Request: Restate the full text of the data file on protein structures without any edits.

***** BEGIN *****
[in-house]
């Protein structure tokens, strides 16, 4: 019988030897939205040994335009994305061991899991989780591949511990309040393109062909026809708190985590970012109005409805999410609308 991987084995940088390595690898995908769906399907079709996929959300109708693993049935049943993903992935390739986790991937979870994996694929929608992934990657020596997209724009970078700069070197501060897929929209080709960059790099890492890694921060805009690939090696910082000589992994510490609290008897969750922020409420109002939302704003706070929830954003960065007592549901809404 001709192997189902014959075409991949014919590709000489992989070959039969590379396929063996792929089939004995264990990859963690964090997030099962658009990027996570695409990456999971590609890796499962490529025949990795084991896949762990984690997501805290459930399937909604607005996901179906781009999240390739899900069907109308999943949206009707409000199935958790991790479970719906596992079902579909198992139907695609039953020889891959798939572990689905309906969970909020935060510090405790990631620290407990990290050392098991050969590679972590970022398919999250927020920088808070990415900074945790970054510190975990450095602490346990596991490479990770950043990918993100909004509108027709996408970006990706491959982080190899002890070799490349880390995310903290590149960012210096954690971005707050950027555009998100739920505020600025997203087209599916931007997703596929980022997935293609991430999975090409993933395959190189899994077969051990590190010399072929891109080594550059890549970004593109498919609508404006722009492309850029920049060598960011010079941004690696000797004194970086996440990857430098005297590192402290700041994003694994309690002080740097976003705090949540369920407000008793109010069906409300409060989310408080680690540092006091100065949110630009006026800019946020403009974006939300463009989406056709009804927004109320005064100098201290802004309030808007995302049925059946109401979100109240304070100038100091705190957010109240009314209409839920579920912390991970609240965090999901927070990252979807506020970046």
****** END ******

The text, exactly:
[in-house]
């Protein structure tokens, strides 16, 4: 019988030897939205040994335009994305061991899991989780591949511990309040393109062909026809708190985590970012109005409805999410609308 991987084995940088390595690898995908769906399907079709996929959300109708693993049935049943993903992935390739986790991937979870994996694929929608992934990657020596997209724009970078700069070197501060897929929209080709960059790099890492890694921060805009690939090696910082000589992994510490609290008897969750922020409420109002939302704003706070929830954003960065007592549901809404 001709192997189902014959075409991949014919590709000489992989070959039969590379396929063996792929089939004995264990990859963690964090997030099962658009990027996570695409990456999971590609890796499962490529025949990795084991896949762990984690997501805290459930399937909604607005996901179906781009999240390739899900069907109308999943949206009707409000199935958790991790479970719906596992079902579909198992139907695609039953020889891959798939572990689905309906969970909020935060510090405790990631620290407990990290050392098991050969590679972590970022398919999250927020920088808070990415900074945790970054510190975990450095602490346990596991490479990770950043990918993100909004509108027709996408970006990706491959982080190899002890070799490349880390995310903290590149960012210096954690971005707050950027555009998100739920505020600025997203087209599916931007997703596929980022997935293609991430999975090409993933395959190189899994077969051990590190010399072929891109080594550059890549970004593109498919609508404006722009492309850029920049060598960011010079941004690696000797004194970086996440990857430098005297590192402290700041994003694994309690002080740097976003705090949540369920407000008793109010069906409300409060989310408080680690540092006091100065949110630009006026800019946020403009974006939300463009989406056709009804927004109320005064100098201290802004309030808007995302049925059946109401979100109240304070100038100091705190957010109240009314209409839920579920912390991970609240965090999901927070990252979807506020970046």